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  • Writer's pictureRia Gualano

Quarantine Dreaming

Smoking Fruit Cup. Source: Lan Gualano

Frowning eyes and smiling faces surround me as we conclude our annual family reunion in China. The ghost of Sunday brunch haunts the restaurant’s cheap white tablecloth, dim sum pots stacked on top of each other like coffins in a crypt. Fish skeletons, chicken feet scraps, bun wrappers and watermelon seeds are flung carelessly on filthy square plates, nestled between freshly smoked cigarettes and abandoned tea leaves.

“Picture!” my former piano teacher mumbles in broken English, strands of her coiled brown hair bouncing furiously as she attempts to gather our attention.

Chairs groan, kids whimper and adults hiss. Aunts and grandmothers run bent fingers through graying hair while their husbands pat their thin, wispy patches into place as we prepare for the first of many group photos. My mom, sensing my lack of enthusiasm, squeezes my hand in encouragement.

On the other side of the table, a waitress steadies the phone camera.

“Yi, Er, San.”

The camera flashes and I bite my lip, squinting. When my eyes open, the waitress is gone.

“Weird,” I think. Somehow, the word materializes in a loud shout that slams against my ears, but I don't remember saying anything out loud.

I move to tug on my mom’s hand, but my fist closes on empty air.

“Mom?” Again, I hear my thoughts aloud without actually speaking them. Is someone messing with me? How are they reading my mind?

My throat constricts as I whirl around to an empty room. My mom, screaming kid cousins, grandparents – all the waiters, chefs, and other patrons – they’re all gone. I sprint beneath unlit chandeliers, past dozens of empty tables. A hundred red velvet stairs later, my body slams into a revolving door and I stumble into the rain.

Green taxis whir by, car horns blaring in conversation with one another. Cyclists in bright ponchos weave in-between cars. Streams of people swim down the street. The elderly walk slowly with eyes closed and heads tilted towards the sky. Young professionals in suits and heels engage in a panicked hobble-run.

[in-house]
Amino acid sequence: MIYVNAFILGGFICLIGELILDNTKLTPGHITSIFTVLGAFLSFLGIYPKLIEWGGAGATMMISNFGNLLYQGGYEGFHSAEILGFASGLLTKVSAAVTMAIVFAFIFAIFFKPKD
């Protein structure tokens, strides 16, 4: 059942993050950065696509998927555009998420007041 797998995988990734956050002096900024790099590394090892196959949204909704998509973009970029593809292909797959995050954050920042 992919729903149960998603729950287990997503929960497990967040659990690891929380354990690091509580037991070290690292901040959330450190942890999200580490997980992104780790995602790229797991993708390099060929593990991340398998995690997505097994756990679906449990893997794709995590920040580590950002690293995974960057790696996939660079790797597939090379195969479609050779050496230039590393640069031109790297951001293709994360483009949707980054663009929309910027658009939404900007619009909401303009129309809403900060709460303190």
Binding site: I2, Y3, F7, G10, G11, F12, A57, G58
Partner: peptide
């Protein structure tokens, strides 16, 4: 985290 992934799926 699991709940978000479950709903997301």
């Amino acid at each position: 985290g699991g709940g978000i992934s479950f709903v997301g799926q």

“Ria!” I hear my mom exclaim as she thrusts a crumpled umbrella over my head. “You’ll catch a cold. Where’s your umbrella?”

I jump at the sound of her voice.

“Sorry.” I sniff, blinking rain from my eyes.

I wave goodbye to relatives as their gray heads disappear into cabs, then follow a familiar trail of puddles to the souvenir alley down the block.

Every so often, I brush my mom’s grip on the handle of our umbrella to make sure she’s still there. By the time we reach the alley, the rain has calmed to a drizzle and crowds emerge from the shelter of wrinkled trees at its entrance. Within minutes of entering, the sun glitters on silver bracelets, miniature wax pop figures and a swarm of glistening foreheads.

I collect a golden caramel dragon from a man spinning candy Zodiac animals. Beside him is a woman with a pit of beads, fanning her face with a rolled-up magazine as a mob of tourists sifts through them. Pastel pink, blue, green and yellow hearts spill from their containers, edging towards a small bowl of uncooked rice. Woven red and black bracelets dangle from a wooden branch above, their transparent center beads hollow so that a single grain of rice can be engraved and inserted.

The woman glances at me, waiting. My mom taps her fingers on the wooden surface of the table, pen in hand, ready to compress my chosen phrase into fourteen Chinese characters.

I stare at the blank paper, pensive. “How about—”

The woman coughs, and my words evaporate. All conversation in the market ceases, and every head turns to stare at her. In the eerie silence, I watch her nose crinkle as she prepares to cough again, which causes people to start screaming, pushing, fleeing the alley in a frenzy.

I bolt upright, gasping, hand clutching my pillow.

Weird dream.

I start to rub my eyes, then freeze. Rule #1: don’t touch your face. I forgot again. I shake my head, checking a text from my mom.

“Morning! Remember this?”

Attached is the photo from last summer’s reunion. I smile at the memory as I reach for my mask, uncertain of when I will grimace at a pot of chicken feet or smile for a cramped family photo again.

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